Three to buy:
Bowl by Helen Levi from Homecoming
There’s something pleasing and tactile about the bowls fashioned by the Brooklyn-based artist.
Swedish salt and pepper set from Porter James
Porter James specialises in unique pieces so get in there quick. Our favourite set – designer unknown – is timeless and utilitarian.
Copper and marble jar by Hawkins New York from Home Of The Brave
A classic receptacle for just about anything. The copper is a nice touch and a Hawkins signature.
When visiting historic Japanese paper-lantern maker Ozeki, UK designer Sebastian Conran was reminded of his childhood. The process of wrapping paper around wire frames took him back to lazy afternoons constructing model planes. Having teamed up with Ozeki, the Aero lanterns were born as part of the Gifu collection. The sculptural lights throw a warm glow and nod to Japanese tradition with materials such as washi paper and nagaru sugi wood.
It’s estimated that we spend about 30 per cent of our lives working, so the environment in which we do so is important: we need spaces that are flexible and well designed. This is the simple concept behind London-based Opendesk. It offers a directory of great designs that are downloadable and shareable with makers from Melbourne to Manchester. One such design is this Studio desk, which was created by co-founder Joni Steiner to bring the theory to the home office or small studio. With its smooth design and discreet cable management it makes a great compact workstation.
These chairs from Milanese duo Simone Mandelli and Antonio Pagliarulo reference Mario Pedrali’s first metal garden chairs, designed in 1963. Part of the Nolita collection, they are made from steel in colours ranging from a classic white to a warm terracotta and are easy on both the eye and the behind.
Fosbury & Sons is a new project in sprawling office space found in Antwerp modernist Léon Stynen’s 1958 Watt Tower. In this working-office-cum-café, Antwerp interior-design duo Going East brought in comfy couches from Belgian design outfit Journuit and worked with galleries to source installation art.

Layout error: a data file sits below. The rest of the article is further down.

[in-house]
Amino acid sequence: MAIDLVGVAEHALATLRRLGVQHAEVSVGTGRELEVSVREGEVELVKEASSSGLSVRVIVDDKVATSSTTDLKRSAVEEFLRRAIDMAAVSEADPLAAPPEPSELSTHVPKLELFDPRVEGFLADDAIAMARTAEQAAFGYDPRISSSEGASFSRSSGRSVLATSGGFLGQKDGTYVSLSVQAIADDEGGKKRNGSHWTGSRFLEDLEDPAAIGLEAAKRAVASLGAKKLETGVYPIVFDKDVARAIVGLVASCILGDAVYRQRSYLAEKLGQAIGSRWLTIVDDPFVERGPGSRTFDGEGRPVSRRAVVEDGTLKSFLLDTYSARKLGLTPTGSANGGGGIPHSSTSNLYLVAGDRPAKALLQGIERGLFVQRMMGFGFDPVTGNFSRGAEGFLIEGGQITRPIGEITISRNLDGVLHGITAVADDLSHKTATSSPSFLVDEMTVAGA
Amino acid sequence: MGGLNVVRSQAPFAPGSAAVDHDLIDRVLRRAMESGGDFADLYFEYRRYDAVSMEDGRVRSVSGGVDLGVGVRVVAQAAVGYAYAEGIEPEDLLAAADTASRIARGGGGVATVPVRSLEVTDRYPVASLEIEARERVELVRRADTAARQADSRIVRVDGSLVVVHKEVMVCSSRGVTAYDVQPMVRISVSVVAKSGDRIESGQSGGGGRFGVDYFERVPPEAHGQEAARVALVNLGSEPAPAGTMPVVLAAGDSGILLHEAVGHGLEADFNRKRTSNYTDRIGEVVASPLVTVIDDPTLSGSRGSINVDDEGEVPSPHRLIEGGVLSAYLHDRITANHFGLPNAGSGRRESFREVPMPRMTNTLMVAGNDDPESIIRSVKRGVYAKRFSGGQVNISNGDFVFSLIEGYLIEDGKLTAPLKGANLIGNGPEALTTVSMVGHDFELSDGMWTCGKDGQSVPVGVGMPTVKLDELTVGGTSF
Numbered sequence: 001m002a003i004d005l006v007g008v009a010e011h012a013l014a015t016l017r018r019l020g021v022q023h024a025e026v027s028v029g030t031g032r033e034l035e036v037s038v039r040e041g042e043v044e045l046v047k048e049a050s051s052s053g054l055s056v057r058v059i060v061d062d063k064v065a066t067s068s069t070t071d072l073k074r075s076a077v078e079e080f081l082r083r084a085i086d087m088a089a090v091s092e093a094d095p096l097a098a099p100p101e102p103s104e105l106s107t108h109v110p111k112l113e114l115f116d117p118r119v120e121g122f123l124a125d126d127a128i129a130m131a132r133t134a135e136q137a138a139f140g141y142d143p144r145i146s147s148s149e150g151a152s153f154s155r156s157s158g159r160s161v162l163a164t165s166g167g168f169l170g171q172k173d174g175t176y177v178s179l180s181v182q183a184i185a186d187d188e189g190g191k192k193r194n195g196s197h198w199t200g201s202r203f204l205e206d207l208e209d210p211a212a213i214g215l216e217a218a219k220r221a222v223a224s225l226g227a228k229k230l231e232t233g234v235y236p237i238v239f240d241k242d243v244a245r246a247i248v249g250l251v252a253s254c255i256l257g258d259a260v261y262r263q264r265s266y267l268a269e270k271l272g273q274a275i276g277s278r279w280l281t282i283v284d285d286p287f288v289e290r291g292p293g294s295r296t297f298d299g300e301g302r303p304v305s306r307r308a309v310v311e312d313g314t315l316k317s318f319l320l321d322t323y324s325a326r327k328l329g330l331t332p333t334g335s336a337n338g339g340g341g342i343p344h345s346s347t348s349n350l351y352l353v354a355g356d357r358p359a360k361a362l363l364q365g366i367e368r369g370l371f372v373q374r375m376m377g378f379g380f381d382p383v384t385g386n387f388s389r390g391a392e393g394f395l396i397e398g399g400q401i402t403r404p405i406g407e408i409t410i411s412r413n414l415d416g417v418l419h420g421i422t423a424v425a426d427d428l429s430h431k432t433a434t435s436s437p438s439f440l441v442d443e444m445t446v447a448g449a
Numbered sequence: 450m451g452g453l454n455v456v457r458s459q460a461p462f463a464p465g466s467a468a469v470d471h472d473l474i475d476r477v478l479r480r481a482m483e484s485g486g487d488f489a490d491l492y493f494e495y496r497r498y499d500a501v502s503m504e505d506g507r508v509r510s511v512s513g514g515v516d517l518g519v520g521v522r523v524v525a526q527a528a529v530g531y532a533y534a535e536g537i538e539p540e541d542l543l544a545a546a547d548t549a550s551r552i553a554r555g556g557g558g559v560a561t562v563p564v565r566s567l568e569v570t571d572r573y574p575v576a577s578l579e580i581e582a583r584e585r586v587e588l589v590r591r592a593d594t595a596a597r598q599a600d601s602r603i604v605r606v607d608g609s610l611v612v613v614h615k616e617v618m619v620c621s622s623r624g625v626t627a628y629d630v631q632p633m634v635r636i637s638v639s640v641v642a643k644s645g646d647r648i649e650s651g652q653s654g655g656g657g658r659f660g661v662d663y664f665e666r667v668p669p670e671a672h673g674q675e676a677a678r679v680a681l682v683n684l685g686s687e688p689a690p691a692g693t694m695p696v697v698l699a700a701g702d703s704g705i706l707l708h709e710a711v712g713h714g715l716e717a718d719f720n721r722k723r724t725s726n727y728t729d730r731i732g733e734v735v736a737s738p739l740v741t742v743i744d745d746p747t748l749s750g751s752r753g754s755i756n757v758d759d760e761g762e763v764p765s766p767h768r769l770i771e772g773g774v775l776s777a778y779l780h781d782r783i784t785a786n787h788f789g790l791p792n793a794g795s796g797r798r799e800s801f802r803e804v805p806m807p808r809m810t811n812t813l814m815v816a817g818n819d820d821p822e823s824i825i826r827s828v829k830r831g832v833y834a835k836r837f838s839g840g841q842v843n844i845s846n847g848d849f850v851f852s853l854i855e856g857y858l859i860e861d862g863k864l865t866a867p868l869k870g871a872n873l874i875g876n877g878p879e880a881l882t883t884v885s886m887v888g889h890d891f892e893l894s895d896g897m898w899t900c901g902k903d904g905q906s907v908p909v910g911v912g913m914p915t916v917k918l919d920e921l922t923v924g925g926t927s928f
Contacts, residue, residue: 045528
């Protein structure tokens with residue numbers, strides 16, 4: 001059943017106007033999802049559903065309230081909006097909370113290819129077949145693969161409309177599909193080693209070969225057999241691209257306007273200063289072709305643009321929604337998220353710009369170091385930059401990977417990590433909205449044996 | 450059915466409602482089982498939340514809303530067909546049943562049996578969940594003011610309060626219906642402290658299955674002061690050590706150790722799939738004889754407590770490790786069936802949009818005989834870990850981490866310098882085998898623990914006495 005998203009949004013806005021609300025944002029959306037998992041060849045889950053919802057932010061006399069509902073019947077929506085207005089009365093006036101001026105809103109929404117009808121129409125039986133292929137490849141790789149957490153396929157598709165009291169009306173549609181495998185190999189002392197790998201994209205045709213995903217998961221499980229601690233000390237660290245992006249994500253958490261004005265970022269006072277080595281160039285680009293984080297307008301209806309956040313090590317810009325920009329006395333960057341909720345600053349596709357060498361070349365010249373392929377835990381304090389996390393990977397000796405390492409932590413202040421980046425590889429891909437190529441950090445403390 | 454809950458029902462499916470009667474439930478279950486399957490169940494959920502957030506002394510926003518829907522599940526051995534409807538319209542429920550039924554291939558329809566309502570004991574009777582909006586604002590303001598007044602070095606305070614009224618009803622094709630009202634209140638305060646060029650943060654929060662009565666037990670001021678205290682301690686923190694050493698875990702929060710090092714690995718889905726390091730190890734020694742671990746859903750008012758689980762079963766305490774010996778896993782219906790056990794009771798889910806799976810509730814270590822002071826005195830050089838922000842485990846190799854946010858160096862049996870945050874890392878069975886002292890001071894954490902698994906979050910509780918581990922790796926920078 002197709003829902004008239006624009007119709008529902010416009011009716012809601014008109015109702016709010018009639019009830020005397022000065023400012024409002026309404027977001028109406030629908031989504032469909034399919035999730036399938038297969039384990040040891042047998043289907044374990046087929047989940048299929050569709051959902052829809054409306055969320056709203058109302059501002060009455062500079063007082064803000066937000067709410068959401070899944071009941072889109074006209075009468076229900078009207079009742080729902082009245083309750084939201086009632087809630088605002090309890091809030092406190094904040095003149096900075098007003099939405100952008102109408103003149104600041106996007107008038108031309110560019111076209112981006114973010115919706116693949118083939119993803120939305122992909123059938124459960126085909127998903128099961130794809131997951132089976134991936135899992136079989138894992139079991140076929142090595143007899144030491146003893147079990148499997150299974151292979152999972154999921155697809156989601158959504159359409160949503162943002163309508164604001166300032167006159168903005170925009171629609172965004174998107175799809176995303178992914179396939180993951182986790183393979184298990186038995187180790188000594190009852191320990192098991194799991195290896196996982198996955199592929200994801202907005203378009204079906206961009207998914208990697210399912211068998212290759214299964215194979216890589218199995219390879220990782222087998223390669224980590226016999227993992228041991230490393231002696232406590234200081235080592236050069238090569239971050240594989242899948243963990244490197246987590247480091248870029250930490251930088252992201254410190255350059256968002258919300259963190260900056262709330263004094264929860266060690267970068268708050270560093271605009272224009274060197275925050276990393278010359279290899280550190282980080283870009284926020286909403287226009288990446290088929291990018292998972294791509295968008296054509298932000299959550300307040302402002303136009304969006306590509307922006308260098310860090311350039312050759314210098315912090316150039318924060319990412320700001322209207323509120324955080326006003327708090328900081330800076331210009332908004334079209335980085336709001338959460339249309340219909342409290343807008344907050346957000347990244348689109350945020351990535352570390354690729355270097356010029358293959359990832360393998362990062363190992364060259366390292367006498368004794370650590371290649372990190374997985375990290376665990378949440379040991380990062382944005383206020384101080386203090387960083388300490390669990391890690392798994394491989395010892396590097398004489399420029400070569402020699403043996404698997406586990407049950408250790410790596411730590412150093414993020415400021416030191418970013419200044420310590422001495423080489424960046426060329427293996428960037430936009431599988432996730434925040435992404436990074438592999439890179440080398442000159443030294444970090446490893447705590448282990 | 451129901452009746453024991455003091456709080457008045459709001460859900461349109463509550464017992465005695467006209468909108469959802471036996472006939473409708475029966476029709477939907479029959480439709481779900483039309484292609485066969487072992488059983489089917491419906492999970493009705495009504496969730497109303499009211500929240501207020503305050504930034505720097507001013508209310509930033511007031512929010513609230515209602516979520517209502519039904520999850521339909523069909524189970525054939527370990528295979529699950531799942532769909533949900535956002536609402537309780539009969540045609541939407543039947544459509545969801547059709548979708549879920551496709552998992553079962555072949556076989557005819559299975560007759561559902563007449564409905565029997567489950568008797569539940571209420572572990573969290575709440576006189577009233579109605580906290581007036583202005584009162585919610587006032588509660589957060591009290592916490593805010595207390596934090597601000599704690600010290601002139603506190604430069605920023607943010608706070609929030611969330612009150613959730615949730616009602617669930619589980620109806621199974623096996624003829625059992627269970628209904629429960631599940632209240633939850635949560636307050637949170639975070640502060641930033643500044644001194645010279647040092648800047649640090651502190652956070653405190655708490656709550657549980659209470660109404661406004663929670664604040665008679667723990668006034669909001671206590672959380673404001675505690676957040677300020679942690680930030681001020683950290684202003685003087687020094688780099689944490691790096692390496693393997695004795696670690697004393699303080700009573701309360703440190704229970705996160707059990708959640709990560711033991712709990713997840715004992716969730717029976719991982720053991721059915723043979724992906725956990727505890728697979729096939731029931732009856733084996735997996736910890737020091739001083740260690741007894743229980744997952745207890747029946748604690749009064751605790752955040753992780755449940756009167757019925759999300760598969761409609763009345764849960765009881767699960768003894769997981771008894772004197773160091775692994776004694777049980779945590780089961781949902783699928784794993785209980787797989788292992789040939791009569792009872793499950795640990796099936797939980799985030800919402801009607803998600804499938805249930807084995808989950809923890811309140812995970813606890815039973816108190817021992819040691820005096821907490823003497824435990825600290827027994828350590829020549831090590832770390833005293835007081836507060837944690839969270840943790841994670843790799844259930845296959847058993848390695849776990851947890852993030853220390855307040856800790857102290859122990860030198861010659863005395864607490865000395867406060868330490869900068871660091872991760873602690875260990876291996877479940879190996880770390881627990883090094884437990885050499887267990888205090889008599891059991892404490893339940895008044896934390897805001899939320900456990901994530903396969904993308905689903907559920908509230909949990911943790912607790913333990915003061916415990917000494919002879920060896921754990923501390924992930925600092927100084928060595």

The result is a design that is as much eyecatching as it is cosy, including an inventive timber staircase/seating area that climbs up the café’s lofty interior. Co-founder Maarten van Gool says careful planning maximised design without blowing the budget.
Established in 1876 in the Tokushima village of Oasa-cho in Japan, Yano Tohen kiln has been making ceramics – including giant jars for the region’s renowned craft of aizome dyeing – for decades. Under fourth-generation president Kanichi Yano, son Koichiro started modern tableware brand Sueki Ceramics in 2014. It quickly proved popular with numerous design shops in Tokyo and abroad.
These understated plant pots are perfect for small greenery. They come in six sizes and eight colours including steel grey, dark green and orchid (pictured), all with a smooth matte finish.
With friends David Spinner and Anton Rahlwes, Christoph Steiger started his studio in 2015. There’s no mistaking its Germanness, be it the tongue-twisting name or its functionality. This Neumann side table was designed by Spinner from a laser-cut sheet of steel bent into a sculptural structure.
The elegant contours of Carlo Clopath’s table seem effortless: the pieces flow into each other and its extension glides into place. It’s inspired by Chinese topology and the way the leg elements fit the top is described by Clopath as “a soft, closed structure, merging fluidly”.
Materials for Killwood’s wares come from the tonnes of “kill wood” – trees felled to eradicate pine-beetle infestations – in Canada’s British Columbia. The brand’s first product, the handsome Bika bike rack, was launched in 2016.
Self-taught furniture design duo Ateliers j&j started its studio in 2012 in southern Brussels. It’s here that all of its pieces are conceived and manufactured, including carpentry and ironwork. They are not afraid to experiment with production methods or the creative process, taking inspiration from everything from ancient Greece to Adolf Loos.
Materials for the designs are sourced from Belgium and the pair have a predilection for tubular steel and oak or ash-veneered panels that feature across their collections, including this sofa from its latest collection: Gamme 02.
Conceived by New York industrial design studio Visibility – in collaboration with contemporary furniture manufacturer Matter – these tubular-steel seats are versatile to the core. They can be tidied away when you’re done and no matter how many you stack they won’t topple over.